However, public transportation doesn’t just help people save money, it also helps communities grow and prosper. For example, for every $1 invested in public transportation, $4 is returned in economic returns. Mayors know that communities with public transportation are more competitive. So, riding public transportation helps people and their communities!

Upload a photo of yourself showing how you dumped the pump with the hashtag #DumpThePumpRI and you’ll be entered to win a RIPTA prize pack.
3

James Kennedy: Why Routes 6/10 should be redeveloped as a surface boulevard

6-10-overpass-ridot

Overpass on 6/10 Connector inbound. Photo from RIDOT

This post originally appeared on Transport Providence and is reposted with persmission of the author.

My Letter to City Council

To Honorable Councilpersons Aponte, Hassett, Matos, Principe, and Jennings,

I would like to bring a proposal for Rt. 6/10 to your attention. My proposal was #10 on RI NPR’s “Things to Know in Rhode Island” this week, and I hope I can get Council’s attention to discuss it.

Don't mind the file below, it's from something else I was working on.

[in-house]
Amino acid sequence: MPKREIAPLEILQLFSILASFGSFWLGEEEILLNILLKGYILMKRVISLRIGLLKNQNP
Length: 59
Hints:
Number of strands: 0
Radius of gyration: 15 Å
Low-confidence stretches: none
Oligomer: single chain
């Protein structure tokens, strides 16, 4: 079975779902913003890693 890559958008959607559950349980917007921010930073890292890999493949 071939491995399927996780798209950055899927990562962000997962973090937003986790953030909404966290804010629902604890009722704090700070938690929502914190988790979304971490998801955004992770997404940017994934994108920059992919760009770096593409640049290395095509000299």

The Rt. 6/10 Connector would be best redeveloped as a surface boulevard. The RIDOT proposal for bus lanes is what I call “transit oriented decoration” rather than “transit oriented development” because the bus lanes would remain on a raised or sunken highway, which would mean that meaningful transit service would pass over your wards.

It’s important to have some kind of “express” service for buses, but what makes buses successful is ridership, which allows frequency. We can only get ridership if we allow the dense neighborhoods that 6/10 passes through to get full service, and that means fostering a healthy pedestrian environment with development around the route. A surface boulevard will do that, and a limited-access highway will not.

Bus lanes without a meaningful ridership base and walkable environment will be as unsuccessful as the Wickford Junction Station was, and for the same reasons.

Continue Reading →

15

Barry Schiller: Rhode Works – $4.8 Billion for Rhode Island Transportation

warren-ave-ridot

The crumbling Warren Avenue bridge in East Providence was recently replace. Image from RIDOT